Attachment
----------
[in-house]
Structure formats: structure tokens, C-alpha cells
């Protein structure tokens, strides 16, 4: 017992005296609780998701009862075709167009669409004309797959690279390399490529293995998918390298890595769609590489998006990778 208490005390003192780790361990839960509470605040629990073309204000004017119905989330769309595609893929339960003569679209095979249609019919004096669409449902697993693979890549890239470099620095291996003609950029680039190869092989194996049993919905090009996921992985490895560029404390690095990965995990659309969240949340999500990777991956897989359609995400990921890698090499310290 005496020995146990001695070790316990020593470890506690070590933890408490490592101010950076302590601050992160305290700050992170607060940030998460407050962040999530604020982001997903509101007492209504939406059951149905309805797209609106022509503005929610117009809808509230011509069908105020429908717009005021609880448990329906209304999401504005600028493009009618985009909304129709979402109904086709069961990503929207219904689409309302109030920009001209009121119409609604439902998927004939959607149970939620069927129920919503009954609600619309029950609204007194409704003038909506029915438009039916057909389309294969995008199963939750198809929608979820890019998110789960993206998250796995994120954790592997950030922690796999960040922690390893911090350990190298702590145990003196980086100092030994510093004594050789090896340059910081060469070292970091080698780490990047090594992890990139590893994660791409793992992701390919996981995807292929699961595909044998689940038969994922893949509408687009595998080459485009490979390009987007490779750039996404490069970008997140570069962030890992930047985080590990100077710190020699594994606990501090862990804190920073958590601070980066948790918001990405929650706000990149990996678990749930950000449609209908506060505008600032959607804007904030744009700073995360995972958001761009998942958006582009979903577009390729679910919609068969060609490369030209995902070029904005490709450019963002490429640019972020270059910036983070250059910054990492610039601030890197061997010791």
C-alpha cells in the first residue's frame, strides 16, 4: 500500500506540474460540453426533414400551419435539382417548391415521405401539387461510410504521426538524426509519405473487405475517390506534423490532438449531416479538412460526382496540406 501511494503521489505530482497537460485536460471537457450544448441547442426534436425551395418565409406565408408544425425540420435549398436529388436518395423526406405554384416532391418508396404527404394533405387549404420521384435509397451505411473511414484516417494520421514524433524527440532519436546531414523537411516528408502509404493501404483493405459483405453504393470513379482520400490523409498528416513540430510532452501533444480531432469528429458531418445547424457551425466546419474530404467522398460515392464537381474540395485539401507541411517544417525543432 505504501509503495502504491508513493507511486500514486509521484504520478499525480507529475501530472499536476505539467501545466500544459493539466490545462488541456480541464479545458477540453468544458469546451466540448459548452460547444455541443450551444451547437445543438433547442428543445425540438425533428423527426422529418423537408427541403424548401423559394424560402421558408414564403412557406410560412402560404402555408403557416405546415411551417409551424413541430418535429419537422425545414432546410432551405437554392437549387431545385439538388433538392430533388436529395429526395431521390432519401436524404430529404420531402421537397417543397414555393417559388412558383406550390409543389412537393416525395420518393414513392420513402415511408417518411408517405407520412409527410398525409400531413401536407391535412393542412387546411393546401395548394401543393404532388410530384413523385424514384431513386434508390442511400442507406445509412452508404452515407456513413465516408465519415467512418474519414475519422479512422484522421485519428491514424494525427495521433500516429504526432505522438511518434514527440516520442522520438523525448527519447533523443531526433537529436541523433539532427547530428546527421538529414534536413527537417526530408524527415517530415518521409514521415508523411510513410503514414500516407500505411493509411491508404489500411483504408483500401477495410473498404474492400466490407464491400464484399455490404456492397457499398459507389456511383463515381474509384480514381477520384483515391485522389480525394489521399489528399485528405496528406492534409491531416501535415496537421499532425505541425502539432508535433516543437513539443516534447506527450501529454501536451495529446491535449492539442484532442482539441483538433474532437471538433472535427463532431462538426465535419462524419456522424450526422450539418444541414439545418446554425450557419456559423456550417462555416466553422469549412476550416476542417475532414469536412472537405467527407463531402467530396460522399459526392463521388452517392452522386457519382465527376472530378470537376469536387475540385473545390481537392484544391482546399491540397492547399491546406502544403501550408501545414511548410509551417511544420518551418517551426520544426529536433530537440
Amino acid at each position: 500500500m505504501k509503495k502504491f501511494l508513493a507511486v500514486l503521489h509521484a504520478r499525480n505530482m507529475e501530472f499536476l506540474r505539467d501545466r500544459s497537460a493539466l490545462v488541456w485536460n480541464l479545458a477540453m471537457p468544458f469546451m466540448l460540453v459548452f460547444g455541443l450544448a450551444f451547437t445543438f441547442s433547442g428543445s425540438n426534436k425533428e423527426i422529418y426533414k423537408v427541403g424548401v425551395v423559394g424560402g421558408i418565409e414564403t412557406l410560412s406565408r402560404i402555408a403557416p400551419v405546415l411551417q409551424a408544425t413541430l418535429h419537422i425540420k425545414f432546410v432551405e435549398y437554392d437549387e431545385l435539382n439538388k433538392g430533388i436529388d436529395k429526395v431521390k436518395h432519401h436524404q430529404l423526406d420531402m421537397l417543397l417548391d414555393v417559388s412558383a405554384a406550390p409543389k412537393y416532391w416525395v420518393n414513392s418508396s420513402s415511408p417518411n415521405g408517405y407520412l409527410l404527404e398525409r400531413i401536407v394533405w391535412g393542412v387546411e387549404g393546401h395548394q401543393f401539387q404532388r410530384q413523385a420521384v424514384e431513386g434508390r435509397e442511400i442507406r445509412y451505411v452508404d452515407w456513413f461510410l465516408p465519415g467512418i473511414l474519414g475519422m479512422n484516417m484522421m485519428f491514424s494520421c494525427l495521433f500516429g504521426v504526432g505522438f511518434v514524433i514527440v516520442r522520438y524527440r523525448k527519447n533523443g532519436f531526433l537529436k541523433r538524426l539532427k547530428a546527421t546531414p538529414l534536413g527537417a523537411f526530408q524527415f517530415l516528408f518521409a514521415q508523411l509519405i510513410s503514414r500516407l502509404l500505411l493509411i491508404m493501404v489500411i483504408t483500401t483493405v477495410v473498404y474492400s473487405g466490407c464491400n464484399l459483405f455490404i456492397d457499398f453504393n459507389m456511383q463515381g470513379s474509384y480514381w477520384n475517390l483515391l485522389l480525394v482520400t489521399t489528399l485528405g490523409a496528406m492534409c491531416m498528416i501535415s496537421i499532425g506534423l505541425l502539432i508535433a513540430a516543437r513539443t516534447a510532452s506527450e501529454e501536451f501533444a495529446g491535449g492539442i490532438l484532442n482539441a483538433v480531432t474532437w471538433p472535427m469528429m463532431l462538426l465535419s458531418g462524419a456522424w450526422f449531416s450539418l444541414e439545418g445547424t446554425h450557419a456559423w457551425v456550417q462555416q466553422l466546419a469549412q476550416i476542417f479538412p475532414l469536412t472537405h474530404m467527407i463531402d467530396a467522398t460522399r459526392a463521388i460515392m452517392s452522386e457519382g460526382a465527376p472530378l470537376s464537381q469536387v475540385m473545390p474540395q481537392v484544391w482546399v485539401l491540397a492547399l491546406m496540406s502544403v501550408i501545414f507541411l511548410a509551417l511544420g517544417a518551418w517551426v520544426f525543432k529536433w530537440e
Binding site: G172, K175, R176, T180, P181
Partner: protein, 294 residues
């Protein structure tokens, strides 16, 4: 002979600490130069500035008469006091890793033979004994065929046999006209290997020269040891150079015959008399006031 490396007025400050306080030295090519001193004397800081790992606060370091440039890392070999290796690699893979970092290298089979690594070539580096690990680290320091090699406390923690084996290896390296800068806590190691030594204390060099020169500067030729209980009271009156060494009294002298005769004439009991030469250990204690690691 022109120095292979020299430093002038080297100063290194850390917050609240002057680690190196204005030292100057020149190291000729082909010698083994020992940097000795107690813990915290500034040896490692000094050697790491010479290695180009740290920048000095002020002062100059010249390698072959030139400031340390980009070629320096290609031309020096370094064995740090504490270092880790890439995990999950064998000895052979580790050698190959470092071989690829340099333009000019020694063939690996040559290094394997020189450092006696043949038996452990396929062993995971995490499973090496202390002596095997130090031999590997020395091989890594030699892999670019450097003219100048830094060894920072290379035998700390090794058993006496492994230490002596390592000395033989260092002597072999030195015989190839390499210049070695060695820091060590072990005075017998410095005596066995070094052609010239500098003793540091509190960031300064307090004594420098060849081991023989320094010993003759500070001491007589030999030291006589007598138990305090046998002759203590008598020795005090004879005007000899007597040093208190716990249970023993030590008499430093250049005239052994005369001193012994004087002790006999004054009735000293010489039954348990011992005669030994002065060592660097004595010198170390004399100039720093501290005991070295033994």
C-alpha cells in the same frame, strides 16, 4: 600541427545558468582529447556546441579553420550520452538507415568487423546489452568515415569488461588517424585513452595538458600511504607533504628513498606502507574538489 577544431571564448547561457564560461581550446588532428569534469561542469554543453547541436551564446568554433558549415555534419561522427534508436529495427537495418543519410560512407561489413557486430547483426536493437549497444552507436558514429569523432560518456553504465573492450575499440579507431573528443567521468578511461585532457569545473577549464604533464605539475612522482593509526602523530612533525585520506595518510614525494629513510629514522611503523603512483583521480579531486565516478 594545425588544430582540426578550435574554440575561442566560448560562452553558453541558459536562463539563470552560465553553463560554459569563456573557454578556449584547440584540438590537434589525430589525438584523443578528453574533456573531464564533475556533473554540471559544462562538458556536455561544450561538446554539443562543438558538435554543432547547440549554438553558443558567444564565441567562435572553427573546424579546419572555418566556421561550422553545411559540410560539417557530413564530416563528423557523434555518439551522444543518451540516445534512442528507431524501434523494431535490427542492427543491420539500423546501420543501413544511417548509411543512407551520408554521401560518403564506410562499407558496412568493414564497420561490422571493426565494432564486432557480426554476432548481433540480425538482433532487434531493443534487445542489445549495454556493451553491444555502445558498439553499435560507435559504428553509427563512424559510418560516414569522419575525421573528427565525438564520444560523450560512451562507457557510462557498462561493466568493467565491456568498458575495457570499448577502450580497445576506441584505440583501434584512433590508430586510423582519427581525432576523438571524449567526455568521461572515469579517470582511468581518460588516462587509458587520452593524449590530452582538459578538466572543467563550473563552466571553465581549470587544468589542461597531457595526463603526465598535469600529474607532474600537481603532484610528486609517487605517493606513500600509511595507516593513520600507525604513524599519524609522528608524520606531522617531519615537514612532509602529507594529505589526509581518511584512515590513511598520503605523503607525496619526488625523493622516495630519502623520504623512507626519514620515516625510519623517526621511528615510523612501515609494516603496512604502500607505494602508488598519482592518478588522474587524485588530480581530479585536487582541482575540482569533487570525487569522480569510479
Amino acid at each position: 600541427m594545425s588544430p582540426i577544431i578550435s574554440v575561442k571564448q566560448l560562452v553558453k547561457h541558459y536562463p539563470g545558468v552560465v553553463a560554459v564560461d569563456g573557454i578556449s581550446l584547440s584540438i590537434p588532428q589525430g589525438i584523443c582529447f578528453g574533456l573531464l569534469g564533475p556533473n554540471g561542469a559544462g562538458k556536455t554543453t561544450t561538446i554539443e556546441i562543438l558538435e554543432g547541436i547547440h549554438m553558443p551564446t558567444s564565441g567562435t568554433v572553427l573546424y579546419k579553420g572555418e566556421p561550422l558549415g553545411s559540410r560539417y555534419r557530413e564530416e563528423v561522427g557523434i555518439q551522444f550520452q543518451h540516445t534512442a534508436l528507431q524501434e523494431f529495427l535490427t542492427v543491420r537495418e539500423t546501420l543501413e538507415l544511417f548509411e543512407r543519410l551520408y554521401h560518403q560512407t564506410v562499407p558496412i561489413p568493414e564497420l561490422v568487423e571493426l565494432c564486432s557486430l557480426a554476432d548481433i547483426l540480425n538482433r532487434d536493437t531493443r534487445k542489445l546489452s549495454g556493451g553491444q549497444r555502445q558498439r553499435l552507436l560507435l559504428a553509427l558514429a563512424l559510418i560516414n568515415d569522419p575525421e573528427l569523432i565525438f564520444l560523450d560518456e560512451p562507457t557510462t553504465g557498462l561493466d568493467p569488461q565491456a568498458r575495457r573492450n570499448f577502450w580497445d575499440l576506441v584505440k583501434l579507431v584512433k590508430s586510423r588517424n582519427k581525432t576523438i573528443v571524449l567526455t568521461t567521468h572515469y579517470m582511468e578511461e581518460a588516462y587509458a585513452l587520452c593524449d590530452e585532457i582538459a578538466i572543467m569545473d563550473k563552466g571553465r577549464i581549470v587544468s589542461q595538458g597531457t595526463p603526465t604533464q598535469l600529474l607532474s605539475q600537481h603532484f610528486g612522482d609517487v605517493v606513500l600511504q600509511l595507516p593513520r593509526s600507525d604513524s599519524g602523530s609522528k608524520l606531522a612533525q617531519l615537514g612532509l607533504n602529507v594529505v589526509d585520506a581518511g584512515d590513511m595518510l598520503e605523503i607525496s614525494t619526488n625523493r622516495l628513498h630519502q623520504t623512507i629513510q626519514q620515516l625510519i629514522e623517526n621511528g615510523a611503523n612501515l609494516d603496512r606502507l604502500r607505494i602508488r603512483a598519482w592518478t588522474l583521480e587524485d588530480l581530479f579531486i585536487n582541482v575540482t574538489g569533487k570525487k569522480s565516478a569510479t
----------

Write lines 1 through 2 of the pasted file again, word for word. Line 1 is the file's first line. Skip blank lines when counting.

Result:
[in-house]
Structure formats: structure tokens, C-alpha cells